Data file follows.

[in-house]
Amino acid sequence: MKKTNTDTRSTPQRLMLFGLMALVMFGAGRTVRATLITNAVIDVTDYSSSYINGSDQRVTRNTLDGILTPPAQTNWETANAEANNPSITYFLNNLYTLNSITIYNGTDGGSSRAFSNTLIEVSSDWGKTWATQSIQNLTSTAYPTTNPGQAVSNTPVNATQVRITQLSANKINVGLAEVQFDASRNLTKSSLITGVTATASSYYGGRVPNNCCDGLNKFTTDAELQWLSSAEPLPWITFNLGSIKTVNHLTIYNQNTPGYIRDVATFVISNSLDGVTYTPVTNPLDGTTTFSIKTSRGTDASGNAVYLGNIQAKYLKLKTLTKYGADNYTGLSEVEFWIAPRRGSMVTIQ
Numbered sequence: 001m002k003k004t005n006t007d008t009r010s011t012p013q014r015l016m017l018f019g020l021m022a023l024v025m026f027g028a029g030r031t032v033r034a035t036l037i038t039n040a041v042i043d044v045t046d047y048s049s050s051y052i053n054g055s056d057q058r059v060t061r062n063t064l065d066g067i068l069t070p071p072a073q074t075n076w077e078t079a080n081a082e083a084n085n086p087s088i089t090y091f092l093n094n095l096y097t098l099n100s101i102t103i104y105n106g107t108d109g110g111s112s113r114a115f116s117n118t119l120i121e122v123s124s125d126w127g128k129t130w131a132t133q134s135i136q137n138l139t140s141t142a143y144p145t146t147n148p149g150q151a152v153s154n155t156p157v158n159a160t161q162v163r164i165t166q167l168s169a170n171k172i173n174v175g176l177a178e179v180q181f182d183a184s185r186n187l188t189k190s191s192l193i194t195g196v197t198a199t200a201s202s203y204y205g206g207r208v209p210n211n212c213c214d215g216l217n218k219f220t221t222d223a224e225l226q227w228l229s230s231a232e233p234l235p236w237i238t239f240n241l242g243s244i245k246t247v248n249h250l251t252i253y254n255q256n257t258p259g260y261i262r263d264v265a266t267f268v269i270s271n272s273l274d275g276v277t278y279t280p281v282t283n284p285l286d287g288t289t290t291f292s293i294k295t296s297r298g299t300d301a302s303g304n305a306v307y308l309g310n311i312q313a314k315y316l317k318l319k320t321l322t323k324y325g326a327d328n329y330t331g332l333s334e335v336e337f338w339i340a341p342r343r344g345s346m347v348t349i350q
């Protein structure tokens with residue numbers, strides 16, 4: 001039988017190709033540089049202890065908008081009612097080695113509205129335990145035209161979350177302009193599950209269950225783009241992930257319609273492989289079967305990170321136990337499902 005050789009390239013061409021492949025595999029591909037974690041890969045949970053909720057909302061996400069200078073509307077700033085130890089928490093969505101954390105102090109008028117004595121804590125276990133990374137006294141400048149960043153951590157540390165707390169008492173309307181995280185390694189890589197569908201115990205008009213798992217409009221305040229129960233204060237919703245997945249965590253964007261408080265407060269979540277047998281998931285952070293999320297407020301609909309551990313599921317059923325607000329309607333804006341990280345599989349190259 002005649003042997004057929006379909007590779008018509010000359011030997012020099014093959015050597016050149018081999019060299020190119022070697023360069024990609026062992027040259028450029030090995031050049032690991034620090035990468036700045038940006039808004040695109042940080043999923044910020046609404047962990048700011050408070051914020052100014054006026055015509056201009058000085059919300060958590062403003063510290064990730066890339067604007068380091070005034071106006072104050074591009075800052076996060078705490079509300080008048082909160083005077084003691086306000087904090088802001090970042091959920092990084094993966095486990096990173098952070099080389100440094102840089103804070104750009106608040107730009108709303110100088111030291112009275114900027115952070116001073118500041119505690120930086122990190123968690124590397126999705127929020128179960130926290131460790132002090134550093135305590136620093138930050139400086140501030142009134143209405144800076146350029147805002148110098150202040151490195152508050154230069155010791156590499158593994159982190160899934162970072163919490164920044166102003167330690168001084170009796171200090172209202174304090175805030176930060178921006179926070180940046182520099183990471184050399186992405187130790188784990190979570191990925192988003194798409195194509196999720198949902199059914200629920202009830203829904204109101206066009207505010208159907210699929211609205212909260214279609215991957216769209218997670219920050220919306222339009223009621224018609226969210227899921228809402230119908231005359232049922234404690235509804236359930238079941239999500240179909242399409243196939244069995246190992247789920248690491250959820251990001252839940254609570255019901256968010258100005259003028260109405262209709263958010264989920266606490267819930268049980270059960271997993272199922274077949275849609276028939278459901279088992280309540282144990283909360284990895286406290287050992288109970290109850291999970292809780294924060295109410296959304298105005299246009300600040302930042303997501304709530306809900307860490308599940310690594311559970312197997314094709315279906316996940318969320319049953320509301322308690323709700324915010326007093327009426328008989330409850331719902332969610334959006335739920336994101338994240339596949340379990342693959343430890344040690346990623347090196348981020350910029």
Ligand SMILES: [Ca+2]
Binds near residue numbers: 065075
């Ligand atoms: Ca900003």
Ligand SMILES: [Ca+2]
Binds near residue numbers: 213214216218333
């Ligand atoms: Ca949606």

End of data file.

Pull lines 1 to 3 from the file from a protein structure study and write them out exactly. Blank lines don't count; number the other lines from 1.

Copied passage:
[in-house]
Amino acid sequence: MKKTNTDTRSTPQRLMLFGLMALVMFGAGRTVRATLITNAVIDVTDYSSSYINGSDQRVTRNTLDGILTPPAQTNWETANAEANNPSITYFLNNLYTLNSITIYNGTDGGSSRAFSNTLIEVSSDWGKTWATQSIQNLTSTAYPTTNPGQAVSNTPVNATQVRITQLSANKINVGLAEVQFDASRNLTKSSLITGVTATASSYYGGRVPNNCCDGLNKFTTDAELQWLSSAEPLPWITFNLGSIKTVNHLTIYNQNTPGYIRDVATFVISNSLDGVTYTPVTNPLDGTTTFSIKTSRGTDASGNAVYLGNIQAKYLKLKTLTKYGADNYTGLSEVEFWIAPRRGSMVTIQ
Numbered sequence: 001m002k003k004t005n006t007d008t009r010s011t012p013q014r015l016m017l018f019g020l021m022a023l024v025m026f027g028a029g030r031t032v033r034a035t036l037i038t039n040a041v042i043d044v045t046d047y048s049s050s051y052i053n054g055s056d057q058r059v060t061r062n063t064l065d066g067i068l069t070p071p072a073q074t075n076w077e078t079a080n081a082e083a084n085n086p087s088i089t090y091f092l093n094n095l096y097t098l099n100s101i102t103i104y105n106g107t108d109g110g111s112s113r114a115f116s117n118t119l120i121e122v123s124s125d126w127g128k129t130w131a132t133q134s135i136q137n138l139t140s141t142a143y144p145t146t147n148p149g150q151a152v153s154n155t156p157v158n159a160t161q162v163r164i165t166q167l168s169a170n171k172i173n174v175g176l177a178e179v180q181f182d183a184s185r186n187l188t189k190s191s192l193i194t195g196v197t198a199t200a201s202s203y204y205g206g207r208v209p210n211n212c213c214d215g216l217n218k219f220t221t222d223a224e225l226q227w228l229s230s231a232e233p234l235p236w237i238t239f240n241l242g243s244i245k246t247v248n249h250l251t252i253y254n255q256n257t258p259g260y261i262r263d264v265a266t267f268v269i270s271n272s273l274d275g276v277t278y279t280p281v282t283n284p285l286d287g288t289t290t291f292s293i294k295t296s297r298g299t300d301a302s303g304n305a306v307y308l309g310n311i312q313a314k315y316l317k318l319k320t321l322t323k324y325g326a327d328n329y330t331g332l333s334e335v336e337f338w339i340a341p342r343r344g345s346m347v348t349i350q